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Experts Say Economic Downturn Could Spread to Developing Countries

A new report warns the gloomy economic outlook for rich nations could spread and halt the recent boom in developing countries, if commodity prices plunge. The annual Trade and Development Report by the U.N. Conference on Trade and Development or UNCTAD, sees a great deal of uncertainly and instability in international financial markets. Lisa Schlein reports for VOA from the launch of the report in Geneva.

By the middle of this year, the report notes some economies had gone into recession while others were on the brink of recession. UNCTAD Secretary-General, Supachai Panitchpakdi, says this depressing state of affairs comes after four years of relatively strong growth.

He says a combination of factors have conspired to create this unfortunate economic downturn.

"First, it is a slowdown from the global fall-down from the financial crisis in the U.S. Second, the bursting of housing bubbles in the U.S. and in other large economies. Third, soaring commodity prices," Supachai said. "Fourth, increasingly restrictive monetary policies in a number of countries and fifth, stock market volatility."
All these factors, says Supachai, have had a hand in squelching economic growth.

UNCTAD expects world output to grow by around three percent this year. That is almost one percentage point less than in 2007. In the developed countries, the report says GDP growth is likely to be around one-and-one half percent.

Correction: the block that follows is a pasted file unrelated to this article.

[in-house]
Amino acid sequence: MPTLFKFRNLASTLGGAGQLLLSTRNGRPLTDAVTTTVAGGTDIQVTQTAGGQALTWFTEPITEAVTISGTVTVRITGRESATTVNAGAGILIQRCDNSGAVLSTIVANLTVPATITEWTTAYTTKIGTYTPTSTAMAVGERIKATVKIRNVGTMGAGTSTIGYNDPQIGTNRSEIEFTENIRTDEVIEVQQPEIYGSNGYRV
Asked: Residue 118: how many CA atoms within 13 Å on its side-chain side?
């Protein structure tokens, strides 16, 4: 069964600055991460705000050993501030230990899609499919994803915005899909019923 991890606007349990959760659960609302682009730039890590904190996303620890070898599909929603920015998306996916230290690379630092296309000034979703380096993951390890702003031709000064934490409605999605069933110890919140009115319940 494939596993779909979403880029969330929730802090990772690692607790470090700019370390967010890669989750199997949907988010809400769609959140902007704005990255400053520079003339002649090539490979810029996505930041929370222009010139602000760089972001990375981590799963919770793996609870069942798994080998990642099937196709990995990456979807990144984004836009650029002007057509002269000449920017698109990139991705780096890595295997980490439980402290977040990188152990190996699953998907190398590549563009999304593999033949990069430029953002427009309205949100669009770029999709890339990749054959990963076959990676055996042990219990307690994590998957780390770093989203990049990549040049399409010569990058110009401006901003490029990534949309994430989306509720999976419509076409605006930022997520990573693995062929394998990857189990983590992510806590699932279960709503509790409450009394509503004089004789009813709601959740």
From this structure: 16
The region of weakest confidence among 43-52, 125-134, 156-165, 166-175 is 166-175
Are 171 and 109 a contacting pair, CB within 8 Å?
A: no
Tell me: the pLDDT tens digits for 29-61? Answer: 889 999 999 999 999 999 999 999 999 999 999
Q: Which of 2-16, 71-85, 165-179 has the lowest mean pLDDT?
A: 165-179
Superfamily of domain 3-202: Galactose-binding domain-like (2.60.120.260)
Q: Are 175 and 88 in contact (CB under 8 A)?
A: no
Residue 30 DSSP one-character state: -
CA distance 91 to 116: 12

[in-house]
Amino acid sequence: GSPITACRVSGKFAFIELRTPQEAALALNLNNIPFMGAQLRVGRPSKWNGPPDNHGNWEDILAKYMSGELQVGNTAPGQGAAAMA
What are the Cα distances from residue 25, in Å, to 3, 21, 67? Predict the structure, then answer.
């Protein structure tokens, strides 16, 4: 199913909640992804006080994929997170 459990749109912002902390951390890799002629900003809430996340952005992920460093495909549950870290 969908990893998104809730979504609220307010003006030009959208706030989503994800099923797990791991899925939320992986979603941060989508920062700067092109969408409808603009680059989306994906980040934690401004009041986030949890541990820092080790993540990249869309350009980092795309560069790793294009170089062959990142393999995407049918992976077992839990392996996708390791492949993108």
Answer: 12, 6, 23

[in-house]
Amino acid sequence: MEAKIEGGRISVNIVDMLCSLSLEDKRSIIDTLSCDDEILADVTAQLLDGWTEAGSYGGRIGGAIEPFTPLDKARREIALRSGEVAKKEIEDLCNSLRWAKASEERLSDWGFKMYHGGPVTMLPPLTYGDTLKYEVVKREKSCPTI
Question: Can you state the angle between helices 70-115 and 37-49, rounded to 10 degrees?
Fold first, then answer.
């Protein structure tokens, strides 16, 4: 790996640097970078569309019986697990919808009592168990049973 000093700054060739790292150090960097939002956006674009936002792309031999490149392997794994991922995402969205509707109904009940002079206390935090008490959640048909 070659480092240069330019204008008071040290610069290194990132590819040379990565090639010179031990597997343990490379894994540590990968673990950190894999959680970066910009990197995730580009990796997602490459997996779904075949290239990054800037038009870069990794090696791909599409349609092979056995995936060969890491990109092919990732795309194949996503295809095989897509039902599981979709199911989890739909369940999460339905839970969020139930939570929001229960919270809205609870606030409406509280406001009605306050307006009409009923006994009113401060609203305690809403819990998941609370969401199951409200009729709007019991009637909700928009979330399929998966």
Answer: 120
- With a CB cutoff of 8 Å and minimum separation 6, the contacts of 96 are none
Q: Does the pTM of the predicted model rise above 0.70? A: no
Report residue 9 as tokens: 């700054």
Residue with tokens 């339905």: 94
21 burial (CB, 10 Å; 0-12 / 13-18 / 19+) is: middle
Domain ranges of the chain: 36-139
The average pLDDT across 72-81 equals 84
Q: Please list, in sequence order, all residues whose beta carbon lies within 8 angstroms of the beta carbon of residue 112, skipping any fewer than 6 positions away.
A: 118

Supachai says the short-term outlook is better for the developing world, where growth could exceed six percent. This, as the result of domestic demand in some countries and because of commodity price hikes.

He points to the Sub-Saharan economy as a particular bright spot.

"This year, it is probably the only region that will be seeing a rising rate of economic growth which might reach seven percent," Supachai said. "This is probably one of the largest growth rates ever seen in the Sub-Saharan economies. But, the sad fact is that this is mainly attributable to the effects of the income from commodity exports, mainly oil."

Supachai cautions this healthy growth in Africa is unlikely to do much to reduce poverty. He says little of the income from oil, the mining and extractive sectors trickle down to the poor.

And, he warns fallout from the recession in rich countries and overly restrictive monetary policies in countries with high inflation could lead to a further deceleration of growth in developing nations.

UNCTAD economists say greater diversification and industrial development is the best long-term strategy for reducing vulnerability to commodity price shocks.

They find speculative swings in the commodity market pose a real threat to the global economy, as has been shown in the wild fluctuation in the price of oil. They recommend stricter regulations in the system of global finance to better control speculative movements.